Turkish company Aydem Renewables sold green bonds for USD 750 million to pay off bank loans and build green energy plants that would double its capacity by 2025 to more than 2 GW. It will mostly focus on adding solar power units to hydro and wind assets, upgrading them to hybrid power plants.
Aydem Renewables or Aydem Yenilenebilir Enerji, which started trading at the Borsa Istanbul in late April, wants to ease the effects of droughts on its hydropower plant output by expanding them with solar power plants. Following the major initial public offering, its next move was to raise funds via a green bond offering to pay off bank loans and invest in three such endeavors, but also to expand a wind power plant with photovoltaics.
The integration of two or more power plants of different technologies makes them hybrid power plants. It stabilizes production levels, especially in the renewable energy sector, as wind, solar and hydropower facilities depend on unpredictable weather conditions.
Cengiz Holding has just completed the first hybrid power plant in Turkey by adding a 80 MW solar unit to its Lower Kaleköy hydroelectric system of 510 MW in the country’s east.
Company doubled its hybrid investment plan to 600 MW
Aydem Renewables raised USD 750 million in the international market with its Eurobond issue with the idea to turn its loan burden into an opportunity for investors. A part of the proceeds will be used for the first phase of its 600 MW hybrid investment plan, recently boosted from 300 MW.
Aydem Holding’s renewable energy subsidiary plans to double its portfolio of just above 1 GW by 2025. It currently runs 25 units across Turkey. The company said it would expand only by installing new capacity.
The solar power plants that will be added to three hydropower units and a wind farm are planned to have a combined peak capacity of 236 MW.
Aydem Renewables has grace period of 3.5 years
The company initially aimed to raise USD 1 billion. The green bonds mature in 5.5 years, of which the first 3.5 years is the grace period, and the interest rate landed at 7.75%. Investors offered to buy USD 1.6 billion worth of debt, which means the package was oversubscribed by 2.1 times.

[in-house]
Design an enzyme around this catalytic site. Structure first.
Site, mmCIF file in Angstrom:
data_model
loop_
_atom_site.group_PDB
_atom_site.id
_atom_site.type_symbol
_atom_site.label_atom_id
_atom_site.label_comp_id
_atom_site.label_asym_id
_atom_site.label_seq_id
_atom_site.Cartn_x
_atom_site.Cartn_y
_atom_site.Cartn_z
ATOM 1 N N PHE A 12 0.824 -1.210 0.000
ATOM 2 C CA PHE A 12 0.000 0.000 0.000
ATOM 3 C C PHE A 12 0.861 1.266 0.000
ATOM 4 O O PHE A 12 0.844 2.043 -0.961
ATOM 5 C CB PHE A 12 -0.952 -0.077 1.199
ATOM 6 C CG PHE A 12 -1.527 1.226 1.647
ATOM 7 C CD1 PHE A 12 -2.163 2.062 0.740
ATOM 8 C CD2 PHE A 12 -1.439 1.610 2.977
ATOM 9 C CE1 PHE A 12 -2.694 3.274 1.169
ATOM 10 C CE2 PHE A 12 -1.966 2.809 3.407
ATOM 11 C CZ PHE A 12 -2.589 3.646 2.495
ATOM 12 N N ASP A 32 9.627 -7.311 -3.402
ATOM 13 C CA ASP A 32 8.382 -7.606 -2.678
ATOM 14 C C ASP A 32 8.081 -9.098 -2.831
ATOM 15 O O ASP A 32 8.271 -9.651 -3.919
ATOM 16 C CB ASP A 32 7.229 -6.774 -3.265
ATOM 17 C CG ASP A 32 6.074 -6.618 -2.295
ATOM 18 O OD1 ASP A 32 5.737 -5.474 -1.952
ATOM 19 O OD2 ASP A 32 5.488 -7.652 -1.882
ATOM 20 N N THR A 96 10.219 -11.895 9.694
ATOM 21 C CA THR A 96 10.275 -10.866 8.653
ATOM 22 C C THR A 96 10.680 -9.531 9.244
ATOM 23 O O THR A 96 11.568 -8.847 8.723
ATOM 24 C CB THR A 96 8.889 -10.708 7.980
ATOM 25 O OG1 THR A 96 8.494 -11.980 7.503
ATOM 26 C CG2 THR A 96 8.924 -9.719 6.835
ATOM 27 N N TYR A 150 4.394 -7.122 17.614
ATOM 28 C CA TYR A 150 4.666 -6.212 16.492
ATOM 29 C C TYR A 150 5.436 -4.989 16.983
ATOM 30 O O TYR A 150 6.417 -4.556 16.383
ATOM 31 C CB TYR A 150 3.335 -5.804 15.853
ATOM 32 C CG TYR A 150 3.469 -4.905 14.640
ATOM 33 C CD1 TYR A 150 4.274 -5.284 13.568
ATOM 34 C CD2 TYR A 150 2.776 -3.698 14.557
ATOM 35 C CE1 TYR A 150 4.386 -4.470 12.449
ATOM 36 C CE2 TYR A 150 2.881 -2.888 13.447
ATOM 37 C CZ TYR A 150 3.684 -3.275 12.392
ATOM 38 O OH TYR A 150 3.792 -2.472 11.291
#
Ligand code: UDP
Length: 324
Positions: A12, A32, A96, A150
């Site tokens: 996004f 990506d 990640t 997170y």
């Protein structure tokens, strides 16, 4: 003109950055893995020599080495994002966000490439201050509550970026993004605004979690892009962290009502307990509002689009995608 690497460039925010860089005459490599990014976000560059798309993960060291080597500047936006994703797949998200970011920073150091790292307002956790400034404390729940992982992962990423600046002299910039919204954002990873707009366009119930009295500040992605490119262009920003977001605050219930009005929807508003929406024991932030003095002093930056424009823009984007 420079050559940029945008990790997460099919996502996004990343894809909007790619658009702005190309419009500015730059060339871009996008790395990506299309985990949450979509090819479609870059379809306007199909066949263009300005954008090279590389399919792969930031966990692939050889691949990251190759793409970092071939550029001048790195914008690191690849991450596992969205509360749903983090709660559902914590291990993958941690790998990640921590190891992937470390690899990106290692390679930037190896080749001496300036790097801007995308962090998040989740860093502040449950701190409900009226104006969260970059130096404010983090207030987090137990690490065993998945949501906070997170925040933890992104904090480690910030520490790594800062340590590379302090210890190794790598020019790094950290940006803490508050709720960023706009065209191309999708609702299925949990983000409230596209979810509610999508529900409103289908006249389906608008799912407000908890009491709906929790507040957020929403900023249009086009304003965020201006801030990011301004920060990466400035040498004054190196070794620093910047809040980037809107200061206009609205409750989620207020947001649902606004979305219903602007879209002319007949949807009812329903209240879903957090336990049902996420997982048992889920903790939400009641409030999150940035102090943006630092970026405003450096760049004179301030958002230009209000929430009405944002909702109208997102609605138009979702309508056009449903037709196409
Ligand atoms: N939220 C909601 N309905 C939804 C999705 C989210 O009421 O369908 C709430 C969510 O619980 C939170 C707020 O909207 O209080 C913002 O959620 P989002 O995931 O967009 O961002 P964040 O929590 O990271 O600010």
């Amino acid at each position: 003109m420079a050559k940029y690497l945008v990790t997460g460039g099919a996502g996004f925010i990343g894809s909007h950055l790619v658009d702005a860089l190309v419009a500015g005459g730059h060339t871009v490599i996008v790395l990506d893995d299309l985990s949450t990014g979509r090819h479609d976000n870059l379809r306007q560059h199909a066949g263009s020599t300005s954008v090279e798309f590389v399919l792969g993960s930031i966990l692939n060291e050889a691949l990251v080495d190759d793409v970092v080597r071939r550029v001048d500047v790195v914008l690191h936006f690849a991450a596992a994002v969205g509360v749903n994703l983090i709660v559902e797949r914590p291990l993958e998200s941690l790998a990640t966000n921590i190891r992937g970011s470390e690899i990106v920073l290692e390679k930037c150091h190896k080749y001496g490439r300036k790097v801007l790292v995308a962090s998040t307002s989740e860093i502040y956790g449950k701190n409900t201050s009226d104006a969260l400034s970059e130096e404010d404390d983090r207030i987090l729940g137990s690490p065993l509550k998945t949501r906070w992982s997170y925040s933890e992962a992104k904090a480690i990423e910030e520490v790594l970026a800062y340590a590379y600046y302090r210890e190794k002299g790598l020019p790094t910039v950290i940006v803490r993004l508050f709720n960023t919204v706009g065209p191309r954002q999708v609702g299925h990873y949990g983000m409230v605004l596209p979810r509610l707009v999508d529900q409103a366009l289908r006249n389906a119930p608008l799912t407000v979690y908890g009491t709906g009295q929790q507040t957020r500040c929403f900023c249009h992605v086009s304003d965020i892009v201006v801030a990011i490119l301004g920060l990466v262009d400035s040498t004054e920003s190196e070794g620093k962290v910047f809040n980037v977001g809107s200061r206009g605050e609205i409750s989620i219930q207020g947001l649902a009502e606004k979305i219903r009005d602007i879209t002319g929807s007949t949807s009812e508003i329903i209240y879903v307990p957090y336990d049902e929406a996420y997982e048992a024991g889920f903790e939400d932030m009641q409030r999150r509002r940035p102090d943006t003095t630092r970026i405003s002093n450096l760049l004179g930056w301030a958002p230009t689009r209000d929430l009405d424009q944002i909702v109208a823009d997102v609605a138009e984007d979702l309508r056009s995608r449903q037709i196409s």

Küpeli: EBRD bought 10% of the green Eurobond package
Aydem Renewables noted it was the largest green debt sale in Turkey so far and the biggest such transaction ever in the green energy sector in the region of Central and Eastern Europe, Middle East and Africa (CEEMEA).
Aydem Energy’s Chief Executive Officer and Aydem Renewables’ Chairman İdris Küpeli revealed the European Bank for Reconstruction and Development took a 10% share and that 96% of the investors are long-term funds.
Three-year deadline for first four projects
The 99 MW Akıncı hydropower plant in Tokat, opened last year on Kelkit river, will be expanded with a 74.4 MW photovoltaic plant. The investment is estimated at EUR 22.3 million. Aydem said it earmarked EUR 17 million to add 56.4 MW in solar power to its 63 MW Koyulhisar hydropower plant on the Kelkit river in Sivas in central Turkey.
The third hydroelectric facility is Mentaş in Adana. Its four units have a combined capacity of 49.6 MW, which will be expanded with 55.6 MW of solar power. The company intends to spend EUR 14.8 million on the hybrid power plant project.
An auxiliary photovoltaic unit of 55.6 MW will be added to the 61.5 MW Uşak wind power plant in the western province of the same name. Aydem Renewables said it would finish all four solar power units within three years.
Managing drought impact
More than a quarter of electricity produced last year in Turkey came from hydropower plants, which face increasing issues due to droughts. CEO İdris Küpeli pointed to the negative impact on the energy market and rising prices. Investments in hybrid power plants result in diversification and reduce the effect of global warming, he said.
According to Küpeli, Aydem Renewables will complete a 240 MW solar power plant by the end of the year and the company’s installed capacity will reach 1.7 GW by the end of next year. Its IPO was the largest in Turkey in the previous three years.
Of note, Zorlu Enerji Elektrik or Zorlu Energy said earlier last year that it would build a 3.6 MW photovoltaic unit at its 45 MW Alaşehir geothermal facility in Manisa in Turkey’s west.